Battling Bruin: Cathy

Posted December 2013

In the spring of 2011, Cathy was diagnosed with stage II breast cancer; she had invasive lobular carcinoma in her left breast and her tumor was 4 centimeters. The diagnosis came as a shock to Cathy and her entire family, and immediately she needed to start exploring treatment options – surgery being one. Cathy had several surgical possibilities including a lumpectomy or a single mastectomy; however, because of the high risk of recurrence in the non-effected breast, Cathy chose to have a bilateral mastectomy. She had both breasts surgically removed on June 27, 2011.

Days prior to her surgery, Cathy’s family and friends gathered for a party at her home and surprised her by having shirts made in support of her. They read “Team Cathy, United We Stand”. She had a huge support system behind her. They were part of the reason Cathy was able to stay so strong and positive throughout her battle with cancer. In fact, after her first surgery, her doctor went to the waiting room to look for Cathy’s family and asked, “Who is here for Cathy,” nearly 30 people responded!

One major concern for Cathy and her friends and family was the risk of her having to undergo chemotherapy or radiation. Luckily, her oncologist had started out as a research scientist focusing on clinical research and was able to introduce her to more current technology with Oncotype DX Breast Cancer Assay. This test examined 21 different genes in the pathology of her tissue and determined the need for chemotherapy as well as the probability of recurrence. Cathy attests that one of the positive outcomes of her surgery was the knowledge of the Oncotype DX technology. It was determined through these tests that she would not have to undergo chemotherapy or radiation; however, she would still have 2 more surgeries for her breast reconstruction.

Cathy had her second surgery on Sept. 28, 2011 to begin her reconstruction. During this operation, tissue expanders were placed in her chest, and each week after that, doctors added small amounts of fluid to stretch her tissue and skin. Just a week after this surgery, the Spirit Squad at Mt. San Antonio College participated in a Breast Cancer Walk in her name and raised money for the cause. Even though she was still recovering from surgery, Cathy completed the walk with the squad. She crossed the finish line with blood drains still attached to her from surgery.

Finally, Cathy had her last surgery on April 20, 2012 to finalize her breast reconstruction. On that day, two great things happened: her reconstruction was complete and most importantly, her surgery went perfectly. Another piece of good news that day came from her granddaughter while they were sitting together after returning home from the hospital. Cathy’s oldest granddaughter, Kayley, found out that she was accepted to UCLA. Two weeks later, she made the UCLA Cheer Squad. Even before that, Cathy was one of the UCLA Spirit Squad’s biggest supporters. Because her brother attended UCLA, and her son, Kyle, was a cheerleader at UCLA and is now the head cheerleading coach, Cathy has been a Bruin fan for years! For the past two years, she has been providing food for the entire Spirit Squad to eat during the half time of every home game at the Rose Bowl. Her famous chicken wraps are sought after every game!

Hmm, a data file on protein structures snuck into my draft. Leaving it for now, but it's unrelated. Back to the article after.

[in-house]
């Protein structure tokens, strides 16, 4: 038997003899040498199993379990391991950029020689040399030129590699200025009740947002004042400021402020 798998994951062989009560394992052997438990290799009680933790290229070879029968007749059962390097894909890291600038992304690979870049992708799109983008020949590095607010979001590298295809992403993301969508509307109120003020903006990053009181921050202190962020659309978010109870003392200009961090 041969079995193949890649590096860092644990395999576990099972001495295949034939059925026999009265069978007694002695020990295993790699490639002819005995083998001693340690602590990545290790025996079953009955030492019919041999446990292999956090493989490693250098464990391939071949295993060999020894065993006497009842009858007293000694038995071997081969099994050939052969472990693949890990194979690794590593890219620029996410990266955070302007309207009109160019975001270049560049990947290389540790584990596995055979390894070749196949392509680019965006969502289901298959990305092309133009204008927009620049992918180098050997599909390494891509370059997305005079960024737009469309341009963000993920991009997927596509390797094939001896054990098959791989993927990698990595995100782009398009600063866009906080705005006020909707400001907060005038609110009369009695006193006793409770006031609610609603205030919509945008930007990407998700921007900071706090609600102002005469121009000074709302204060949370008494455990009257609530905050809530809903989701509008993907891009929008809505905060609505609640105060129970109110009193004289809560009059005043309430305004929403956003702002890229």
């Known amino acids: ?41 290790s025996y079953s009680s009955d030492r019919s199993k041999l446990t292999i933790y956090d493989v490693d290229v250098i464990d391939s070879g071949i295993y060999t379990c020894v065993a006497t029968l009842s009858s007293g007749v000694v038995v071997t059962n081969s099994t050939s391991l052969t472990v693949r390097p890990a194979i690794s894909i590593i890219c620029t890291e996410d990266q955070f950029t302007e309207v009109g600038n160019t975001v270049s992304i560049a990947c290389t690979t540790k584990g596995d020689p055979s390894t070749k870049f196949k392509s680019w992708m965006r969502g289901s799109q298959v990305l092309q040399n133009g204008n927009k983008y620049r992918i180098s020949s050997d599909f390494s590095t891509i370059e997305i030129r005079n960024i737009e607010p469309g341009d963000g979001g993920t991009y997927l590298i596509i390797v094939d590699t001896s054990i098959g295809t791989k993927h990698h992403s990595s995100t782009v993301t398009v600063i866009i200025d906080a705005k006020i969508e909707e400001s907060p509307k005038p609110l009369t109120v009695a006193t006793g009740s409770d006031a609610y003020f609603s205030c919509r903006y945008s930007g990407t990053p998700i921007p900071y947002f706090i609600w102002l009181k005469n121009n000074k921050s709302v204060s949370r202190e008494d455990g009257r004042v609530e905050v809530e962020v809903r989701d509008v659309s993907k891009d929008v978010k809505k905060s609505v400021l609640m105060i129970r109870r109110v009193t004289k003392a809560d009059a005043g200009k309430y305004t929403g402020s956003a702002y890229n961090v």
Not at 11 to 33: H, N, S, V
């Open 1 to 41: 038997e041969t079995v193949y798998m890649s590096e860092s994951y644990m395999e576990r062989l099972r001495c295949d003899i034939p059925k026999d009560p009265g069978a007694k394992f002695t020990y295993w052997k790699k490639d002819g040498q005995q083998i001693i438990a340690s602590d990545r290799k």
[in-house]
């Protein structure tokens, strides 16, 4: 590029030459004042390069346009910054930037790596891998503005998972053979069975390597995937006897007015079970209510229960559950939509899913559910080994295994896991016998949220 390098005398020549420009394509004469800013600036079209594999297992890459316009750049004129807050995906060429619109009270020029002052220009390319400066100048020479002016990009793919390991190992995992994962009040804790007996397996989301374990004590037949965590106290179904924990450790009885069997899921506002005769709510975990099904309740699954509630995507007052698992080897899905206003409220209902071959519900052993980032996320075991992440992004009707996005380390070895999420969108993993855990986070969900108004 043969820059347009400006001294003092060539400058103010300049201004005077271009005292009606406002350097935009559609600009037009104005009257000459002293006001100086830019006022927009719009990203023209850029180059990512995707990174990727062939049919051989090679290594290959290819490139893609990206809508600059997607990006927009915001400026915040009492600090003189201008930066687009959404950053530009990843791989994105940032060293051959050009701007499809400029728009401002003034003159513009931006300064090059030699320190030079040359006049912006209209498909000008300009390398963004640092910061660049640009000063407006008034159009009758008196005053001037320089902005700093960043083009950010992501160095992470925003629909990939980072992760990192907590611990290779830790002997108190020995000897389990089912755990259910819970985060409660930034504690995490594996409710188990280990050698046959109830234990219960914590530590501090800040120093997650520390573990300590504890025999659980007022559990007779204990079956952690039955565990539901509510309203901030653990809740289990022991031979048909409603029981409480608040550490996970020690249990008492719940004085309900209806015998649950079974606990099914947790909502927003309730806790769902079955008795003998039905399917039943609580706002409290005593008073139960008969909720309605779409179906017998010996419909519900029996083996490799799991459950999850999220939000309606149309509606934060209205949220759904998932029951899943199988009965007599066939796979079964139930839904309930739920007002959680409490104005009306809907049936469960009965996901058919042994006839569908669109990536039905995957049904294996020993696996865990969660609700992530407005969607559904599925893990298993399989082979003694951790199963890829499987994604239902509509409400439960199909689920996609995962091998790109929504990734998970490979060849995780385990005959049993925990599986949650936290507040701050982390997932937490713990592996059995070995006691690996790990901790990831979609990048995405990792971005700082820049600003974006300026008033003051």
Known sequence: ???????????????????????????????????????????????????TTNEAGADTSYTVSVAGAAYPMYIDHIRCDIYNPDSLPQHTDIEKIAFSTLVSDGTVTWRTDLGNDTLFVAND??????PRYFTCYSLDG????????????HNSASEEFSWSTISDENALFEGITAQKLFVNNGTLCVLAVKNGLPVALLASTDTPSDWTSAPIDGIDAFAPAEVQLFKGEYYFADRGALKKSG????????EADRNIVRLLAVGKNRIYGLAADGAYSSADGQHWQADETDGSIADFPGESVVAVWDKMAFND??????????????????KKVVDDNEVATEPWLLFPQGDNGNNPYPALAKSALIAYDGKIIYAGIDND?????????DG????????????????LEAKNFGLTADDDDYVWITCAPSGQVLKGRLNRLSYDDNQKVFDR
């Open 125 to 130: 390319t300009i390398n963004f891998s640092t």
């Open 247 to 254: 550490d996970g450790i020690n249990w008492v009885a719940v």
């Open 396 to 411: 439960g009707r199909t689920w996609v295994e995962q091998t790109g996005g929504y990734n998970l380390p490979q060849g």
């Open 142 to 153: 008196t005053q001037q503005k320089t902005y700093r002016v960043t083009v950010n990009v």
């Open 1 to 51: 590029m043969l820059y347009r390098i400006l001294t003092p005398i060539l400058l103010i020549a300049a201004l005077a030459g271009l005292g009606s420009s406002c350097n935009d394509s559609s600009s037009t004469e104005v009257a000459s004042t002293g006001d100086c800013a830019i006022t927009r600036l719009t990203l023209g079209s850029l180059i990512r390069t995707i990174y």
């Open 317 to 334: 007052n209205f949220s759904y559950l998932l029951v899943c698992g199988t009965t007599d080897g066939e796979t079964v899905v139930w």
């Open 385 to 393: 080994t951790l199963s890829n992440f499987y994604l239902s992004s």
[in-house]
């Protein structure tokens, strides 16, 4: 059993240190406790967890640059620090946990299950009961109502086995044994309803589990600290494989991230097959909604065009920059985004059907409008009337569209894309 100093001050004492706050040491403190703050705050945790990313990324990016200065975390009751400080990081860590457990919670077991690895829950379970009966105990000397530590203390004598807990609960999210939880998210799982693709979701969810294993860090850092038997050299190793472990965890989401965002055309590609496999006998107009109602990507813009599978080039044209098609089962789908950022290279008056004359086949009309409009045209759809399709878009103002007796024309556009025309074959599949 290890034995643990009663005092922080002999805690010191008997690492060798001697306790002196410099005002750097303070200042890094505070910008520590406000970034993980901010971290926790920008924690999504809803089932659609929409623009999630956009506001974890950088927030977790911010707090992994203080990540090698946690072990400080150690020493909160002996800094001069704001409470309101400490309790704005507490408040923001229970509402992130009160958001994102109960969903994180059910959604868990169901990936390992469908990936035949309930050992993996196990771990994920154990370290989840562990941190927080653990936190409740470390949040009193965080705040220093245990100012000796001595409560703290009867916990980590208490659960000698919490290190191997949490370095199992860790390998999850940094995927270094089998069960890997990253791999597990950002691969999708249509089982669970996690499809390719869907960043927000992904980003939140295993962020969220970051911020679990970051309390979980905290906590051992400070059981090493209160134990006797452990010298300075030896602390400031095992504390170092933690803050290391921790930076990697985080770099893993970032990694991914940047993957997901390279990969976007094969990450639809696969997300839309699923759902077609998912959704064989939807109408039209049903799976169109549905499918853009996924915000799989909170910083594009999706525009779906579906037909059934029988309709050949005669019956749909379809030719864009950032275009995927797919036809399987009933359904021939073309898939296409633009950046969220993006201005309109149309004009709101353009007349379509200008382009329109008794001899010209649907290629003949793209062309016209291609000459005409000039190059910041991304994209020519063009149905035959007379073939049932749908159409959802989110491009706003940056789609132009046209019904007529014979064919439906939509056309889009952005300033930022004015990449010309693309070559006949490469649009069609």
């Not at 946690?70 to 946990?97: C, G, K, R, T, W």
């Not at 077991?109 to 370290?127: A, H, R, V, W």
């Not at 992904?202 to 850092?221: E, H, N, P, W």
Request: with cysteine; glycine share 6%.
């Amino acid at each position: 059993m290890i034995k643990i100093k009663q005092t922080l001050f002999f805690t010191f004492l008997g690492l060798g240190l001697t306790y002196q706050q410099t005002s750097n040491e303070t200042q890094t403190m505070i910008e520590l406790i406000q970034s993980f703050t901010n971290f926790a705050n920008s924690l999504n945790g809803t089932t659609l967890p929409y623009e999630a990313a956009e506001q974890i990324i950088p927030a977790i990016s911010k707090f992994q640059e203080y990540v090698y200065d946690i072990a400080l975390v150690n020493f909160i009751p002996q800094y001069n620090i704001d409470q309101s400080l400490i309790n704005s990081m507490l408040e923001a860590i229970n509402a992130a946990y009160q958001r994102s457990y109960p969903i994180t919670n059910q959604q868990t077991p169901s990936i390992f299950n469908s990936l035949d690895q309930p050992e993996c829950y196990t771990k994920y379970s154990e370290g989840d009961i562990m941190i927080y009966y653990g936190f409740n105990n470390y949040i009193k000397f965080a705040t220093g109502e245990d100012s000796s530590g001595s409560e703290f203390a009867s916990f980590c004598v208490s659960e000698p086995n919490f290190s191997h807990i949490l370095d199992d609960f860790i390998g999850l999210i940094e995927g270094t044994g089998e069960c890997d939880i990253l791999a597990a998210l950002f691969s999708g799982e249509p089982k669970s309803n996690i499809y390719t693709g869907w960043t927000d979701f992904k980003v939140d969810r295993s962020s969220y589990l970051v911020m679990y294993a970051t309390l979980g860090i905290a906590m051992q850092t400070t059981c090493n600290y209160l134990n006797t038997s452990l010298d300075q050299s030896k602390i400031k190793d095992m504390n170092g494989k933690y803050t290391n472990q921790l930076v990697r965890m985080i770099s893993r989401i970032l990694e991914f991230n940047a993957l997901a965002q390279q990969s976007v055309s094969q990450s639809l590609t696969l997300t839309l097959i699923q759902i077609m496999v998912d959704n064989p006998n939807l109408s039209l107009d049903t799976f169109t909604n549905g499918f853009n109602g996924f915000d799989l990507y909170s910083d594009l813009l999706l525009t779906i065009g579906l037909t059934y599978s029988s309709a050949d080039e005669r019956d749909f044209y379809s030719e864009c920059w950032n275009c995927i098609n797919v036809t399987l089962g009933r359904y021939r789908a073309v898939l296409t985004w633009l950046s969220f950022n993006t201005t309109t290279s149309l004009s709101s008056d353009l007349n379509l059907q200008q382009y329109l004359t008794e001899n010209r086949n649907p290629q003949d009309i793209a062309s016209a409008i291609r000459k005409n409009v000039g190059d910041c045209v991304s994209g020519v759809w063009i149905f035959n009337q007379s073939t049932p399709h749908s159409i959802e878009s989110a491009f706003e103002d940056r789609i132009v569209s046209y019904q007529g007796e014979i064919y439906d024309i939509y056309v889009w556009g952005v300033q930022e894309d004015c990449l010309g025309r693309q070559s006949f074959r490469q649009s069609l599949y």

Cathy’s generosity extends even farther than the Spirit Squad. She constantly invites people into her home and into her family; cooking for them and making them feel welcome. Despite her battle with cancer, she always put others before herself and felt that cooking was always a therapy for her. Another thing helping Cathy with her own battle was helping others through theirs. After she was diagnosed with breast cancer, many women who worked with Cathy got mammograms themselves. Between the two offices that she once managed, an astounding eight women found tumors in their breasts and had to undergo treatment for breast cancer. Thankfully, Cathy has been there to counsel all of them through it. She has given an abundance of advice on what to expect and what questions to ask your doctor. In fact, she suggested the Oncotype DX Breast Cancer Assay to all of them and it saved all but one of her friends from having to undergo chemotherapy.

Cathy has chosen to be a part of the clinical study herself as a strong proponent of the Oncotype DX Breast Cancer Assay and how clinical research leading to it is vital to saving cancer patients from the pain and sickness that comes with chemotherapy. This study will examine whether taking a diabetes medication, Metformin, will lessen the chance of recurrence in breast cancer patients. Her selflessness carries through even farther in her desire to improve medicine for others.

The UCLA Spirit Squad, as well as Cathy’s friends and family, are eternally grateful for her support and generosity. Her battle with cancer proved how incredibly strong she is and that strength carries through to each person that she meets. Everyone that comes into contact with Cathy is absolutely affected by her infectious personality, and she is undoubtedly looked up to by countless amounts of people. She is not only a Bruin fan, but she is a True Bruin herself.

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